Police confiscate assault weapon in southeast Fresno
A spate of deadly mass shootings in California, Texas and Ohio are prompting yet another national debate over gun control laws, mental health and the ease of access to semiautomatic assault-style rifles.
The National Rifle Association, the most notable gun-rights advocacy organization, has steadfastly opposed increased measures to limit gun ownership — including through its lobbying influence on lawmakers.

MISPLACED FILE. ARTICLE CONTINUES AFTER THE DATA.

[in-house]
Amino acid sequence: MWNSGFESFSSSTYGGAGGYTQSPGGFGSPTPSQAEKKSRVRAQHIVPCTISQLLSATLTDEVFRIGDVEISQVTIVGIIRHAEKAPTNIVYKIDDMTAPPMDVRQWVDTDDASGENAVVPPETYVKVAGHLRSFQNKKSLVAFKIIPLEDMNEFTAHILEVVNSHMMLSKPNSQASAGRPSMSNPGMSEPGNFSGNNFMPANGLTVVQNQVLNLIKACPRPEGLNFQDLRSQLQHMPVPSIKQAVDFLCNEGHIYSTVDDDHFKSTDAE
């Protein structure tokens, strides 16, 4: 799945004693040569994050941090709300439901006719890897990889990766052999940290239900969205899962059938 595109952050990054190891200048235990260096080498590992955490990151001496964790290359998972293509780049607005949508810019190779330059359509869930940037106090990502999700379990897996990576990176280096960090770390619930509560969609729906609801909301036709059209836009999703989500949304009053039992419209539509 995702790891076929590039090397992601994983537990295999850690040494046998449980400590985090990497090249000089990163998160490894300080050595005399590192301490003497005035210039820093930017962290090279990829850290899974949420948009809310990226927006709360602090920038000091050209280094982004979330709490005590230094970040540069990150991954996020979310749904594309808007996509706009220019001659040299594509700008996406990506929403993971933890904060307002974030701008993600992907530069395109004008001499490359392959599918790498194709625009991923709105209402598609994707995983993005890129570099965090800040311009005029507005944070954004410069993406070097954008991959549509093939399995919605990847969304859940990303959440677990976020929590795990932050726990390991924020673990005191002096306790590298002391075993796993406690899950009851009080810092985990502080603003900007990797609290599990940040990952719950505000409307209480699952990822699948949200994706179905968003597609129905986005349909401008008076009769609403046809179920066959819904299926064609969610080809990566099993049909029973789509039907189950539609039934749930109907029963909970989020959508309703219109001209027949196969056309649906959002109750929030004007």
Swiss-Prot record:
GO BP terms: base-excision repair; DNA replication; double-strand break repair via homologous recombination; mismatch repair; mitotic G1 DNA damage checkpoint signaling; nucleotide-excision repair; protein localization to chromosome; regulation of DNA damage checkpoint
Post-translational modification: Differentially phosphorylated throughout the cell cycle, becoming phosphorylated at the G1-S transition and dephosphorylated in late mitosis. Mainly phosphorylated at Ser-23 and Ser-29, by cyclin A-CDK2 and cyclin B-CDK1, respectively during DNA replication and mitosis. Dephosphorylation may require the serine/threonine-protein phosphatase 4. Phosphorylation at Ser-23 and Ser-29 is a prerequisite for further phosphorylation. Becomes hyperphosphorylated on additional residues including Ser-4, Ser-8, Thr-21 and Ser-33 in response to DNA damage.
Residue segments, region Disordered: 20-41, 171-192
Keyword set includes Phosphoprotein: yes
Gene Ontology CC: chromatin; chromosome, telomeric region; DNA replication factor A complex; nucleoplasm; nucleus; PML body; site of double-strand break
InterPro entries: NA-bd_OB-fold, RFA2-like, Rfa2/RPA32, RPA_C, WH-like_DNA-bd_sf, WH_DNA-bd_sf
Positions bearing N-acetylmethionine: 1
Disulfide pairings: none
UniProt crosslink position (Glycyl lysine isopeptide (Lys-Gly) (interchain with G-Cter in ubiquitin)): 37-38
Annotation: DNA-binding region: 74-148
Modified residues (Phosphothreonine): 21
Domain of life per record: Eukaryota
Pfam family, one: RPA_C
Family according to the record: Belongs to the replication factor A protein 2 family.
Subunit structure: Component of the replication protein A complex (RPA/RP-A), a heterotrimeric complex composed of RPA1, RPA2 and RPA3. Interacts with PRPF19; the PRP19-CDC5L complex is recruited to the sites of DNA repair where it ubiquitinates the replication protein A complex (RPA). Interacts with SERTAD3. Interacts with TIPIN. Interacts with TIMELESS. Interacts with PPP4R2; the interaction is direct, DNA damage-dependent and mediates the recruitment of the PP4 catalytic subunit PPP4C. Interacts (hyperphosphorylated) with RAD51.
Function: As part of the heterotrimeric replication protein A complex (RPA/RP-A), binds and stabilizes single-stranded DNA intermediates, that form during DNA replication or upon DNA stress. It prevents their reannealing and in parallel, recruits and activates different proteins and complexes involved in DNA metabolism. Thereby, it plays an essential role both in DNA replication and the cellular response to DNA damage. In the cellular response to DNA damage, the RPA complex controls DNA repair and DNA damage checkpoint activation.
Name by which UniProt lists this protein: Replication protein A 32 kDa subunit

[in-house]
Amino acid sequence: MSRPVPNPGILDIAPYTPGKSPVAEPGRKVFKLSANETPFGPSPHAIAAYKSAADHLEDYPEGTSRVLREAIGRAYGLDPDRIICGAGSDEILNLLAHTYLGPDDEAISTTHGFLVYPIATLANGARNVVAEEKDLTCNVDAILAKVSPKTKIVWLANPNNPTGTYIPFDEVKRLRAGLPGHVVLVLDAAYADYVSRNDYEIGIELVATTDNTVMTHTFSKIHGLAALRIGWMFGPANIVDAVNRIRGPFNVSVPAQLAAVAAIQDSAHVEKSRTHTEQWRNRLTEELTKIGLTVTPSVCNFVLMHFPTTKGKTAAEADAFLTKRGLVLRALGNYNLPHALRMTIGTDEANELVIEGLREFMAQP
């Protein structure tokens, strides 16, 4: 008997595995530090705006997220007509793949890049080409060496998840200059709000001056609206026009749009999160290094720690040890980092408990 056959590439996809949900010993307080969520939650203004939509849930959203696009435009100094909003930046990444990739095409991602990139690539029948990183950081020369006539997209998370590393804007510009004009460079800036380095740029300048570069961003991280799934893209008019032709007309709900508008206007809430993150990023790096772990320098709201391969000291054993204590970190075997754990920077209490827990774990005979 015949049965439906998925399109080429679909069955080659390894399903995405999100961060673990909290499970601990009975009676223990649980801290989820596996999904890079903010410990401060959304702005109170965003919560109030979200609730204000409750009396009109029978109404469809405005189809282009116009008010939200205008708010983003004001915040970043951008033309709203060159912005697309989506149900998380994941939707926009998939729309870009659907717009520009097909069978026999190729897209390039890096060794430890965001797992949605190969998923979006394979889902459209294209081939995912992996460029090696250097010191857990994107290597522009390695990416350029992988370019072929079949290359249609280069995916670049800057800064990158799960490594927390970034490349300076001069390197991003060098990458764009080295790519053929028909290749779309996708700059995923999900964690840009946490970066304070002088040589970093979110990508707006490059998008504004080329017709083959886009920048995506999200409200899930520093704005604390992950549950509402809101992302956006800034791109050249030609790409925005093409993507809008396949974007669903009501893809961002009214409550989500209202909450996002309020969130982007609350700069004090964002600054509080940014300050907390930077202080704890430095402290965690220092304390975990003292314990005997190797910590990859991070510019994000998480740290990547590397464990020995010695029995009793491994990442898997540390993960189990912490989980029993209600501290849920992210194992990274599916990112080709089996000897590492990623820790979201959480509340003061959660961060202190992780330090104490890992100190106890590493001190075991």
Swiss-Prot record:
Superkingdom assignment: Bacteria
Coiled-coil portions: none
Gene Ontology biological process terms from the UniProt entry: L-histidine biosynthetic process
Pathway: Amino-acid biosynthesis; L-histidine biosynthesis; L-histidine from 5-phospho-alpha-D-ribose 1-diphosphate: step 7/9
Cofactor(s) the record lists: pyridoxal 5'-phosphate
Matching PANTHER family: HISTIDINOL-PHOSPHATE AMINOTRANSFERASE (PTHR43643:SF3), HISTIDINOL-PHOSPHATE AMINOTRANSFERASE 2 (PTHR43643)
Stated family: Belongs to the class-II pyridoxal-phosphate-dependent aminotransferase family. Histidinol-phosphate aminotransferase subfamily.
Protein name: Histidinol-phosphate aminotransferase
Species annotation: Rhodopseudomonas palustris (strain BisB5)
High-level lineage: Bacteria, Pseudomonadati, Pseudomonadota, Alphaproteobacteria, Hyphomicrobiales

In California, the NRA has made political campaign contributions of more than $250,000 through its National Rifle Association of America Political Victory Fund to political candidates for the House of Representatives since 2010 — all but two of whom have been Republicans.
That doesn’t count additional sums spent by another NRA committee — the National Rifle Association Institute for Legislative Action — to support or oppose candidates for political office.
The following chart illustrates the candidate campaign committees to whom the NRA made contributions since 2010, and the years in which those contributions were given. The map below shows the House districts in which the NRA contributed to candidates since 2016.
Tim Sheehan: 559-441-6319, @TimSheehanNews